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SLOs Just Became Important
Back in the good old days of monolithic applications, most developers and application owners relied on tribal knowledge for what performance to expect. Although applications could be incredibly complex, the understanding of their inner workings usually resided within a relative few in the organization. Application performance was managed informally and measured casually.
This model, though, falls apart in a microservices world. Using informal methods, a single team or small group can no longer see a full picture of an application and can deduct its performance. Instead, the chains of services can be very deep, and a lack of understanding of the performance of the downstream components can result in unwelcome surprises that ultimately affect end-users and the business.
So What’s an SLO?
Before we go any further, let’s define a Service Level Objective (SLO), along with some related concepts and acronyms.
SLIs Are What We Measure
A Service Level Indicator (SLI) is a quantity we measure to determine whether we comply with an SLO. Very commonly, SLIs measure either the success rate or performance of some operation, but an SLI can be just any metric.
SLOs Make SLIs Actionable
For an SLI to be interesting, we need to associate it with a condition. For example, we can state that 99% of all operations must complete successfully or that 95% of all transactions must finish within one second. We often express SLOs as a percentage over some time. For example, we may measure the 99% success rate over 24 hours, and the 95% latency performance better than one second may be measured over an hour.
An SLO should be Attainable, Repeatable, Measurable, Understandable, Meaningful, Controllable, Affordable, Mutually Acceptable [Rick Sturm, Wayne Morris “Foundations of Service Level Management”, April 2000, Pearson]. For example, a transaction success rate of 99.9999999% may not be attainable because commercially available hardware can’t offer that level of reliability. Similarly, an SLO based on some obscure technical metric is probably neither understandable nor meaningful to most users.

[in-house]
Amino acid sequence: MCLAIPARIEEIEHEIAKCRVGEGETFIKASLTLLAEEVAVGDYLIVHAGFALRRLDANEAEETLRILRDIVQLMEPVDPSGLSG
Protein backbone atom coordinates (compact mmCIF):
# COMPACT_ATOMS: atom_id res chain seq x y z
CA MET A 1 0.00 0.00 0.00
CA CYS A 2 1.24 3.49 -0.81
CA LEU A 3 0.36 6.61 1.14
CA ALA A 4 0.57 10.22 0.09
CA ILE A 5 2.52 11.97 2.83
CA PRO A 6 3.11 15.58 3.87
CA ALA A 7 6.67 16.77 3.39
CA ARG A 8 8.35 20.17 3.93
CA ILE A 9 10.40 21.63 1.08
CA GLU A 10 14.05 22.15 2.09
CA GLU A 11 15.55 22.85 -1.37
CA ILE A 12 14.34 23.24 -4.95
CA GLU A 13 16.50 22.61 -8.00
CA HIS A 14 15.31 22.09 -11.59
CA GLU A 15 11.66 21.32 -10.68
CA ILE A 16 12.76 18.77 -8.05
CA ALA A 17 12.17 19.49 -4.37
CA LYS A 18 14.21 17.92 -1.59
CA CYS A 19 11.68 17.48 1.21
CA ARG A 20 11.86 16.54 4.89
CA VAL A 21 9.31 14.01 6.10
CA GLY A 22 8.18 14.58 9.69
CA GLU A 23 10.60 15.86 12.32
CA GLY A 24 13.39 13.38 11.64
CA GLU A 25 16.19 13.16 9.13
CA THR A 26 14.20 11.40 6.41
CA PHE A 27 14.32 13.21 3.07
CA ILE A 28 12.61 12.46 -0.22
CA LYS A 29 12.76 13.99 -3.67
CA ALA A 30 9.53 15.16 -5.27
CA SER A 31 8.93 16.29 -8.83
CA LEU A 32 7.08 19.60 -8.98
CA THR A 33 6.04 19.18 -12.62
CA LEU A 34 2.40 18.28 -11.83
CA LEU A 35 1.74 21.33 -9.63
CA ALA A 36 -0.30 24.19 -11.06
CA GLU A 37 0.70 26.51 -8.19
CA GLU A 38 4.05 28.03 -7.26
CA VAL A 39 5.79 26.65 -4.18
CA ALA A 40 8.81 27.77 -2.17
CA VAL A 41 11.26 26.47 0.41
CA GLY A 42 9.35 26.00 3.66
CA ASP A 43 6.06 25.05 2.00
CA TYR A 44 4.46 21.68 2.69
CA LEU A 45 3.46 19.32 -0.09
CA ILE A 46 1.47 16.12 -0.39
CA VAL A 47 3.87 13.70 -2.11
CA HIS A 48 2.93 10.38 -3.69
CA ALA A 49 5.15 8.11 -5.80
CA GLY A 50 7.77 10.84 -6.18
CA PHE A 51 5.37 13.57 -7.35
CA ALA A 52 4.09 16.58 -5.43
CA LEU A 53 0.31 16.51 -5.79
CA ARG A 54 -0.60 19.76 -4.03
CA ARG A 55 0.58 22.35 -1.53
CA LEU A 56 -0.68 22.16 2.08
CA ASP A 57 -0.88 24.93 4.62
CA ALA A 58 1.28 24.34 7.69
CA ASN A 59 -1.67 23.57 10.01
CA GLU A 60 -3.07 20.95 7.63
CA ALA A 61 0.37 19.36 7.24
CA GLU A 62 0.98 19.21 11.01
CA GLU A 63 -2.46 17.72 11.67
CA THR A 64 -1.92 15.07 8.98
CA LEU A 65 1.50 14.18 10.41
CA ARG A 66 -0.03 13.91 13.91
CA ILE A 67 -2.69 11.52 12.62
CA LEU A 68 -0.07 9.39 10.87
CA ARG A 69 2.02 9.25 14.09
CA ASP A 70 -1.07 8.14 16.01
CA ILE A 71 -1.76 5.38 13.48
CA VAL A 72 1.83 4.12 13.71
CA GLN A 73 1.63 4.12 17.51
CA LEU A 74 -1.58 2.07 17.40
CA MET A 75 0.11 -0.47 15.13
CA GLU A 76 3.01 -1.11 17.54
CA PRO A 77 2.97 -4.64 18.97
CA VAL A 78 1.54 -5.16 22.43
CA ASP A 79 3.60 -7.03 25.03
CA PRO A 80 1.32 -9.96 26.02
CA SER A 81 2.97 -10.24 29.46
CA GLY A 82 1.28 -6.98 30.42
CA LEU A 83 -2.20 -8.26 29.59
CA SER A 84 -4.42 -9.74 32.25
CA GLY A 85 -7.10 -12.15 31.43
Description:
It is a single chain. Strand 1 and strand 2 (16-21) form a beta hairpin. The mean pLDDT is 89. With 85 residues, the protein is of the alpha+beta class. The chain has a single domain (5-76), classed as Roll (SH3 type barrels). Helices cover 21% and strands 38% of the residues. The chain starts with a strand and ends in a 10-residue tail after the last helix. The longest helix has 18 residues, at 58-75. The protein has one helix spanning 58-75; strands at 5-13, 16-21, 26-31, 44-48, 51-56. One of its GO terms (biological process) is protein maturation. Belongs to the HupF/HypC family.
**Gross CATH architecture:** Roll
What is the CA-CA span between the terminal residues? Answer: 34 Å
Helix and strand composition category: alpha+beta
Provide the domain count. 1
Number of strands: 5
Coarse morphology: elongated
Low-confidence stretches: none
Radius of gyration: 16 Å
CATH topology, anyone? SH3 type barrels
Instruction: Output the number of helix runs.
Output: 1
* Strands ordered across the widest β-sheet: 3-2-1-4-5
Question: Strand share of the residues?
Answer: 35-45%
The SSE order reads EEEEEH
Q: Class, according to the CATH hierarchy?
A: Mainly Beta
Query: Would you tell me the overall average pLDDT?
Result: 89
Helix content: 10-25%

SLAs Are SLOs with an “Or-Else” Clause
While SLOs are actionable, Service Level Agreements (SLAs) make them enforceable from a legal standpoint. SLAs typically attach a monetary penalty to the SLO, saying, for example, that if we can’t meet our SLO for a customer, we may be required to pay back a certain percentage of the money they spent with us. Typically, as technologists, we don’t have to worry as much about SLAs, since it’s something our lawyers deal with.
Implementing Good SLOs
A good SLO, it turns out, isn’t as straightforward to implement as one might think at first glance. A naive approach might be to measure deviation from “good” over some time and alert on that. This simple approach suffers from a whole range of drawbacks. The following discussion draws from best practices in the Google SRE Handbook. Let’s explore how these ideas can be used to implement useful SLOs with Wavefront!
Picking the Right SLI
Selecting the right metric as the basis for an SLI is an art in itself and worthy of a separate article. As a rule, we should pick a metric that is meaningful to the business and actionable. Good metrics include error rates and performance of business services. Poor ones include purely technical metrics and metrics that don’t map to an actionable result. These are a few examples:
|Business service error rate||Payload size|
|Business service response time||CPU utilization|
|Time spent waiting in a queue||Queue depth|
Nobody’s perfect, so we need to allow ourselves some room for error. A system with 100% uptime isn’t realistic, so we need to make a tradeoff between our desire to provide a reliable system and the resources that are available. Setting our expectations for availability too high is one of the worst mistakes we can make. It results in constant alerts that people eventually ignore, and that will mask the real issues.
So we need to determine how much time over a certain period we allow ourselves to be out of compliance. This is typically expressed as a percentage. For example, we may allow ourselves to spend 1% of our time out of compliance. Usually, we turn this percentage around as an availability number, so in the case of a 1% error budget, we say we expect 99% availability.
The next issue we’re facing is the time frame to measure. We say we allow ourselves to be out of compliance 1% of the time, but over what time frame? Selecting this time frame turns out to be a hard problem to solve. Measure over a very short time, like 10 minutes, and insignificant glitches will constantly trigger alerts. Pick a long period, like 30 days, and we will be alerted too late and risk missing severe outages altogether.